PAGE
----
CFOs seek to bridge gap between finance and sustainability teams
A network of chief financial officers (CFOs) working for several of Europe's biggest corporations have published four guides to help the financing and accounting community incorporate sustainability into their businesses.
The Prince’s Accounting for Sustainability Project (A4S) CFO Leadership Network – whose members include Unilever, Walmart and Burberry – developed the guides with the aim of creating more resilient businesses, ultimately leading to better commercial outcomes.
The four guides are aimed at a finance audience but will also be of interest to sustainability professionals.
John Rogers, CFO of Sainsbury’s and A4S CFO Leadership Network chair, said: “As CFOs we have a crucial role to play in helping our businesses to understand the value of values, and sustainability in particular. It can be a challenge knowing where to start, so these guides are designed to give CFOs practical advice using real case studies of how others have tackled the issues.”
The four guides are:
– Managing future uncertainty: an introduction to integrating risks resulting from macro sustainability trends into business decision-making
Introduces finance and risk professionals to the potential business impacts from macro sustainability trends (such as climate change, water scarcity, increasing population and severe weather events), and why it is important to adapt traditional risks management process to respond to these trends. READ THE REPORT HERE.
– Natural and social capital accounting: an introduction for finance teams
Helps finance teams increase their understanding of the growing movement around natural and social capital accounting. The guide explores the benefits and challenges of converting natural and social capital impacts and dependencies into financial figures, to gain the attention of decision makers.
– CAPEX: a practical guide to embedding sustainability into capital investment appraisal
Outlines how businesses can adapt their existing capital investment appraisal to integrate social and environmental issues, and how traditional financial return-based investment decisions can be broadened, to make sustainability issues more explicit and transparent.
– Enhancing investor engagement: a practical guide for investor relations teams to engage on the drivers of sustainable value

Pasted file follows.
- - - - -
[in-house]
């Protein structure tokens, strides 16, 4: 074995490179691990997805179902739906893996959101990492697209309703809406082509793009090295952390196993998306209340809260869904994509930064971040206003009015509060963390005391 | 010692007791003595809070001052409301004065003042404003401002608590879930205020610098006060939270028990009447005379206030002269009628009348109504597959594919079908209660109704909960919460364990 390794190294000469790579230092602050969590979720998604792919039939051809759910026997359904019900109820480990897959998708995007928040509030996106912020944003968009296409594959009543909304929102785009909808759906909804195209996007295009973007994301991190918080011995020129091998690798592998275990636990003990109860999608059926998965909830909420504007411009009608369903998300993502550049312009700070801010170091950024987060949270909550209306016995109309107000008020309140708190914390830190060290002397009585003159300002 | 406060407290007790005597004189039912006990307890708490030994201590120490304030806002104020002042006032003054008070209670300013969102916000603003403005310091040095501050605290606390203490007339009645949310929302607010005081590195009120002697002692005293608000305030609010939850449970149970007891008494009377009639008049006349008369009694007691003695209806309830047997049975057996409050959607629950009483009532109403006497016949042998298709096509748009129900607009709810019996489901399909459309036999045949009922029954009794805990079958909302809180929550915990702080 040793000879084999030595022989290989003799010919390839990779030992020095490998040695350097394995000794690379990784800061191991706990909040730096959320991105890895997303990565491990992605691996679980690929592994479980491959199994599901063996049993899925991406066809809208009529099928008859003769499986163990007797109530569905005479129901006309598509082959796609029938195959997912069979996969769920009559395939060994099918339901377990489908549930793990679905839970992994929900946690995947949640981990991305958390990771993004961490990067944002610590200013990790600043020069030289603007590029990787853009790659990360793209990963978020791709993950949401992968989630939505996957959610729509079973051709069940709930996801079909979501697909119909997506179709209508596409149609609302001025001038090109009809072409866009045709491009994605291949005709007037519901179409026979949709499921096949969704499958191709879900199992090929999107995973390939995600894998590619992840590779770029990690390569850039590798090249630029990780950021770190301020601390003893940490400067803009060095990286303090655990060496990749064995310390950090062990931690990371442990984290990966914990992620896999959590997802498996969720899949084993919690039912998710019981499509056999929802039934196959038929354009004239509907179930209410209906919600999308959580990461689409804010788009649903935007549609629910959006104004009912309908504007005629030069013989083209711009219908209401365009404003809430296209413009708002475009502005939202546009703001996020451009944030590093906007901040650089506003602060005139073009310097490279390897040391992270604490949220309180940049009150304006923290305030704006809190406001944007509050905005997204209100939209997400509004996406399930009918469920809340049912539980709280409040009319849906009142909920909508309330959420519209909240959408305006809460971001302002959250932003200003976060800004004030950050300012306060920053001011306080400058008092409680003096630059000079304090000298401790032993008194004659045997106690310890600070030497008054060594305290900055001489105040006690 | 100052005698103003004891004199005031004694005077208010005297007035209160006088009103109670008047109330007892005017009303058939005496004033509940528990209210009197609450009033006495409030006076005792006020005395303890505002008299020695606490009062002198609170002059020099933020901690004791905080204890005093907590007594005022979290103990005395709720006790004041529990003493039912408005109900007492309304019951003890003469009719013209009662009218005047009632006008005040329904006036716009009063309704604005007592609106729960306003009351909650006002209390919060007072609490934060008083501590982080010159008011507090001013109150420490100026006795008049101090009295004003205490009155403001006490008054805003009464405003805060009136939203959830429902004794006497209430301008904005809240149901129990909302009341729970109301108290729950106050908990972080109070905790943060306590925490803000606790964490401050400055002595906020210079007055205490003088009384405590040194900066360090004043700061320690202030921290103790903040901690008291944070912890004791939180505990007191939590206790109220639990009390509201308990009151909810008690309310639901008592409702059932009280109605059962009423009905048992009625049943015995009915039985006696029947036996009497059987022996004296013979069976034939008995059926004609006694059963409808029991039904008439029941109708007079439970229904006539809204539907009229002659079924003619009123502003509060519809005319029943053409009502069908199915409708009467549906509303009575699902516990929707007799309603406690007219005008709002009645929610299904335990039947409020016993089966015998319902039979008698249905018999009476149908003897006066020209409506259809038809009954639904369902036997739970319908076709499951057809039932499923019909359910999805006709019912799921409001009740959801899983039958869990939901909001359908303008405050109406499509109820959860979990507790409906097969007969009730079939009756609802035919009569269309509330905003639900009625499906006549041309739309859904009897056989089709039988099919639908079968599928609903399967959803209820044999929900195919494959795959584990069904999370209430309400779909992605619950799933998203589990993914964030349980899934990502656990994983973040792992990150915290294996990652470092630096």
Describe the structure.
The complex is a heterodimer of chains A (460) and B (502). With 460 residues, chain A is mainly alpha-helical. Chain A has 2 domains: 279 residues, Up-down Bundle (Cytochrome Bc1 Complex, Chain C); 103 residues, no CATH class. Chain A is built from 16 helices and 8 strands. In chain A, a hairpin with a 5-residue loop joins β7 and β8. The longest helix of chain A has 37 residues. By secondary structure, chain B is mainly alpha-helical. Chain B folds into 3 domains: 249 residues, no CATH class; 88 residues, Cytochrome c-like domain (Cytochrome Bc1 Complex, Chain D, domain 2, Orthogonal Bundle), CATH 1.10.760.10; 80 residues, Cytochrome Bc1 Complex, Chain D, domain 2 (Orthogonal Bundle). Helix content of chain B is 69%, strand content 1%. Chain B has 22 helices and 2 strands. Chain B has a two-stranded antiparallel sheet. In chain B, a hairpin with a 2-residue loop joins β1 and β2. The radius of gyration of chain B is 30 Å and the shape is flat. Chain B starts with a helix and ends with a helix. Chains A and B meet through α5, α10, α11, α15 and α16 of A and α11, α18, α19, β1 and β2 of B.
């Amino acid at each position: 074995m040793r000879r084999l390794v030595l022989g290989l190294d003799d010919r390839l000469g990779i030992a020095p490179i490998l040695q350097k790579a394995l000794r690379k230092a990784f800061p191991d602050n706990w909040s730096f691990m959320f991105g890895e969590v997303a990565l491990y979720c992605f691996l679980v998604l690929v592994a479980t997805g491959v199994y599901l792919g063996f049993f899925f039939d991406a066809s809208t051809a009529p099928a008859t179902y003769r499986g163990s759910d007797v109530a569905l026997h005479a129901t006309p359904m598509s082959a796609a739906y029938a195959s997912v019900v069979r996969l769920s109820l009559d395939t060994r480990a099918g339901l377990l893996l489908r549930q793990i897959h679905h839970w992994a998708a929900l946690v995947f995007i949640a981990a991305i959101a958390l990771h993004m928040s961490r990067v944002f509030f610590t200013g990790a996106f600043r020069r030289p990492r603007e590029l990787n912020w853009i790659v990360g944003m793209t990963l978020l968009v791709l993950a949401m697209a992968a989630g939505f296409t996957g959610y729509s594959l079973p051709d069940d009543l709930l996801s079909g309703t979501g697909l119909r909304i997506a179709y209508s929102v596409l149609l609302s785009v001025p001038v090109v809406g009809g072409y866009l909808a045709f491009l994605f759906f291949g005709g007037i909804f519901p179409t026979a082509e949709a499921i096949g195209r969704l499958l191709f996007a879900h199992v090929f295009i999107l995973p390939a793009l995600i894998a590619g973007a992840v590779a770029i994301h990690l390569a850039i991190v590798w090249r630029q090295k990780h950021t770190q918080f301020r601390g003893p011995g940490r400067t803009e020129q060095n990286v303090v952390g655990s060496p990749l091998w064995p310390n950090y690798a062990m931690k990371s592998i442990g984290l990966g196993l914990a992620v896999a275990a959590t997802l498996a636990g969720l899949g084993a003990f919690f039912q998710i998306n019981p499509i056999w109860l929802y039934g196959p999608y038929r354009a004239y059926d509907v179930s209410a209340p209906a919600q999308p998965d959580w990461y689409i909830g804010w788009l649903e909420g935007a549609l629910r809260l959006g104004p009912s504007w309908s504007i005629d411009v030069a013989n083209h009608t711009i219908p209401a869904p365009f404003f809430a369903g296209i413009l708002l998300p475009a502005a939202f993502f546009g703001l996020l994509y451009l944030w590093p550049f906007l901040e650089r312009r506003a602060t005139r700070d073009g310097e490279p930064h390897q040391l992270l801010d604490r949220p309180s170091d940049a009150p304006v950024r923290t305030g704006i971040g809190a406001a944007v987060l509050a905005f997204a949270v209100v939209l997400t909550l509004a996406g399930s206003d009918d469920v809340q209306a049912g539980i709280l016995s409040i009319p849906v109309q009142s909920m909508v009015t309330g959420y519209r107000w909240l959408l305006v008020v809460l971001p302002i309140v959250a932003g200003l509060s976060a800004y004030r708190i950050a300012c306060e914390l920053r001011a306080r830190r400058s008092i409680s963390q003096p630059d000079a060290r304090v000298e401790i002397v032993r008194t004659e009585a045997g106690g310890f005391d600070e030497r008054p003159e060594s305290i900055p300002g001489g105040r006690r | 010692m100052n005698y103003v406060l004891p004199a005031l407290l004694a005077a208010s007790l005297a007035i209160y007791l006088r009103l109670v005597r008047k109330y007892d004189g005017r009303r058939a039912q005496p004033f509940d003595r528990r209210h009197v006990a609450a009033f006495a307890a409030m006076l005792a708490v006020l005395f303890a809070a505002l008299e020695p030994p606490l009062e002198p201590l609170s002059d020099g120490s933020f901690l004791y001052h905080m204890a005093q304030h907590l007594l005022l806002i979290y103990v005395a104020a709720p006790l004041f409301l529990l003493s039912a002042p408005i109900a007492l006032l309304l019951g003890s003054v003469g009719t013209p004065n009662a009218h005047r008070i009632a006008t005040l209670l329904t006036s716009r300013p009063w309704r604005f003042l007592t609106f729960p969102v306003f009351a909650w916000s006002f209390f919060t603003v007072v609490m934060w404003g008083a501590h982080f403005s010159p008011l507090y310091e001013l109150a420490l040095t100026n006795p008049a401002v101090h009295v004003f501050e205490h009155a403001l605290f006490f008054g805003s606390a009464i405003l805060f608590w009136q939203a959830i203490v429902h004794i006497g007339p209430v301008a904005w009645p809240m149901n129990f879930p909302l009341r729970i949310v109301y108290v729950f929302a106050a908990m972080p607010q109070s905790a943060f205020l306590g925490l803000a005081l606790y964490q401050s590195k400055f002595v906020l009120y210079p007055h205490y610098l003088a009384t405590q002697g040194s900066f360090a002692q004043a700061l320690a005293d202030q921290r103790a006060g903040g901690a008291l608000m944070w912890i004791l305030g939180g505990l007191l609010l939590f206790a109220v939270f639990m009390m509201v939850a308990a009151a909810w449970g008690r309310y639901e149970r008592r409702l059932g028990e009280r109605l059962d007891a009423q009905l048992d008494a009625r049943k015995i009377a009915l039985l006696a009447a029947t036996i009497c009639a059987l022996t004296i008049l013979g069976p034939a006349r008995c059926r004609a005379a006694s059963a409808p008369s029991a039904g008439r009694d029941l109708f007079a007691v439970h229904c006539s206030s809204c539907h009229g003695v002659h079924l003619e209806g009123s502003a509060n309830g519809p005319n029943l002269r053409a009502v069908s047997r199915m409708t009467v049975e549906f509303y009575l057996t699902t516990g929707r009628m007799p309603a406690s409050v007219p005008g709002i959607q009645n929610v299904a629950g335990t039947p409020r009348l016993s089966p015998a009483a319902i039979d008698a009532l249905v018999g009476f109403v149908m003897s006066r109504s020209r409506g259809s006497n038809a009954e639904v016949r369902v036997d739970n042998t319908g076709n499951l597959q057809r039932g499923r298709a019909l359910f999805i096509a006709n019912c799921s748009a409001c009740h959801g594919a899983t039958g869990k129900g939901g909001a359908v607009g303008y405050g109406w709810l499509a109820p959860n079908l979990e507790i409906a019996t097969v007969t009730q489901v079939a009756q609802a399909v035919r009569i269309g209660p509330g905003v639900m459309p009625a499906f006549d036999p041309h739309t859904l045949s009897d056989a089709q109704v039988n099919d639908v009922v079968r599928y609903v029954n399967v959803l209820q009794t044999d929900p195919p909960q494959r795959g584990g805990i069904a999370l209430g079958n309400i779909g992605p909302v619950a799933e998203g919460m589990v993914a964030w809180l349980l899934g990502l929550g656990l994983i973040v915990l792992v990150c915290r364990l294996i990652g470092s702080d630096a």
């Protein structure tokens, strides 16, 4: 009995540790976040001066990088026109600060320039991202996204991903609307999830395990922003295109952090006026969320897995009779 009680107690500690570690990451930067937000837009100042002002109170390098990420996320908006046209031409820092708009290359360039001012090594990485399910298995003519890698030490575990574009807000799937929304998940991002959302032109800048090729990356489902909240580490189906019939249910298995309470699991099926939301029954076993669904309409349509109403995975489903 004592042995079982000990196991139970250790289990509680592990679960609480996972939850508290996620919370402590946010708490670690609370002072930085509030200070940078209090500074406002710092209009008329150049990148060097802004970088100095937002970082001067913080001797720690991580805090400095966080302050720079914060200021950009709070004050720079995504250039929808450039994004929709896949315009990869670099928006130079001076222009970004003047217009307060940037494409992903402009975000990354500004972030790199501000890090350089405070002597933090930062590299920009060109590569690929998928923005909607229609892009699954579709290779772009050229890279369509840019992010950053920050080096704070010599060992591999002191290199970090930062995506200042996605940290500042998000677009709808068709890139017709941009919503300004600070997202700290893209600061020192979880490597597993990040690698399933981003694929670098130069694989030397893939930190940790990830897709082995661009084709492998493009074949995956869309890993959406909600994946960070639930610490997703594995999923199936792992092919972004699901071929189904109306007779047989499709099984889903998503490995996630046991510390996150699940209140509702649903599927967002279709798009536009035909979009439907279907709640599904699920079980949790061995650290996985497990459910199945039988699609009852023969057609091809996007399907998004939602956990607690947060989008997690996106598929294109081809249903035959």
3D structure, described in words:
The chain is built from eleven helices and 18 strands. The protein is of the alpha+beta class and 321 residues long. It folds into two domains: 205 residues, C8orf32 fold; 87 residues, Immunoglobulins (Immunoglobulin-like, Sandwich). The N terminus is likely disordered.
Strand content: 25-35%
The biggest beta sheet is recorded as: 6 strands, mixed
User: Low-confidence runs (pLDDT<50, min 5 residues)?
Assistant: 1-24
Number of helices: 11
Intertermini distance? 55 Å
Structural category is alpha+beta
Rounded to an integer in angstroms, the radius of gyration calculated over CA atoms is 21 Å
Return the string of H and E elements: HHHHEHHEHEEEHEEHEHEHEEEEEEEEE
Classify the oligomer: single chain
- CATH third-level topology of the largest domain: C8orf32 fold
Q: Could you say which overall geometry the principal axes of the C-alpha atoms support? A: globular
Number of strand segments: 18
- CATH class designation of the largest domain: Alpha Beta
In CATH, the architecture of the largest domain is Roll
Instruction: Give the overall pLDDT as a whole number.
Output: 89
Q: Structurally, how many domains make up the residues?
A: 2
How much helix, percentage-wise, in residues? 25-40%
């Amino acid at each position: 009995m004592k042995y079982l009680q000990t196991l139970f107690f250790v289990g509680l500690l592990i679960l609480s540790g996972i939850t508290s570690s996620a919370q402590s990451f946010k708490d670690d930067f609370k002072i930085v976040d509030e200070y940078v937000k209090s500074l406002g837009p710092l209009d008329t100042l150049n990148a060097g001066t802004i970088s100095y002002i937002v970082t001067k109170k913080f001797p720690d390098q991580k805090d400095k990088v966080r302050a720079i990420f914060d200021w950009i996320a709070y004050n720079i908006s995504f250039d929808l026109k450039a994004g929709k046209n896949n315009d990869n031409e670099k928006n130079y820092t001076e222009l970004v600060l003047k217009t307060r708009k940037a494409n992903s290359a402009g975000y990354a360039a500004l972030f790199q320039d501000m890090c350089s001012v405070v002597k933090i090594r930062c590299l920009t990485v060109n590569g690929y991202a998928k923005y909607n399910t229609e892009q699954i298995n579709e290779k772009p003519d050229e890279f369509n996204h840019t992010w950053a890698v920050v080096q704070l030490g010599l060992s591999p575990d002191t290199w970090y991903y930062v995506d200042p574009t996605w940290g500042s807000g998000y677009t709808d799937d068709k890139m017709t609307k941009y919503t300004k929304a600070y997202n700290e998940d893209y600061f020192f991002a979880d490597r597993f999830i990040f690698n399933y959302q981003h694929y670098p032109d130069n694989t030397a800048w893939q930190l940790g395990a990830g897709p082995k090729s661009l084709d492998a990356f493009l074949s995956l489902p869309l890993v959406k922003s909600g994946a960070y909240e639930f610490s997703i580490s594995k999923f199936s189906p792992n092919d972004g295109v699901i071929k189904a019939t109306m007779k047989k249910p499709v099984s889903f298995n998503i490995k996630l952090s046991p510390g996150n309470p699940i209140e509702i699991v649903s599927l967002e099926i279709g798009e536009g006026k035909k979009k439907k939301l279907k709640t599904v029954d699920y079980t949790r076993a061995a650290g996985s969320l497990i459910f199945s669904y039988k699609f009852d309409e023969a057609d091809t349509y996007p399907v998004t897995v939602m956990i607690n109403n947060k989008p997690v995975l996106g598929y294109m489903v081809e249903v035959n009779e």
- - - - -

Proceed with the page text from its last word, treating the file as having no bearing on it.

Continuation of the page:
Assists investor relations teams in engaging investors on the link between sustainable business models and the creation of shareholder value. The guide provides overarching principles on communicating with investors and offers insights into CFO Leadership Network member’s experiences of the successes and pitfalls.
The A4S CFO network was launched by the Prince of Wales in 2013 to focus on developing and sharing successful strategies “so that these become the ‘norm’ across all businesses”. Member organisations of the Network include BUPA, Burberry Group, Danone, Marks & Spencer, Sainsbury’s and Unilever.
“CFOs have a vital role to play in making sure their businesses thrive, not just today, but tomorrow and into the future,” His Royal Highness The Prince of Wales said when it launched: ” The bottom line is that sustainable business equals good business.
“I am therefore delighted that the A4S Chief Financial Officer Leadership Network will play a key role not only in communicating why sustainability makes business sense, but how to start accounting for it.”
Network members have signed up to a Charter that sets out their ambitions and commitments.
Bridging the gap between a business’s finance and sustainability teams is crucial for a transition to a low-carbon, sustainable economy. In November 2014, the Management Consultancies Association (MCA) stressed the importance of presenting the low-carbon agenda as an opportunity for economic growth, rather than just the usual arguments for sustainability.
CFOs have already been called upon by the Chartered Institute of Management Accountants, EY the International Federation of Accountants and the Natural Capital Coalition to look beyond short-term corporate reporting and start accounting for natural capital in their balance sheets. They warned last year that that natural capital depletion will leave businesses ‘dangerously exposed’ unless they start being more proactive in tackling the issue.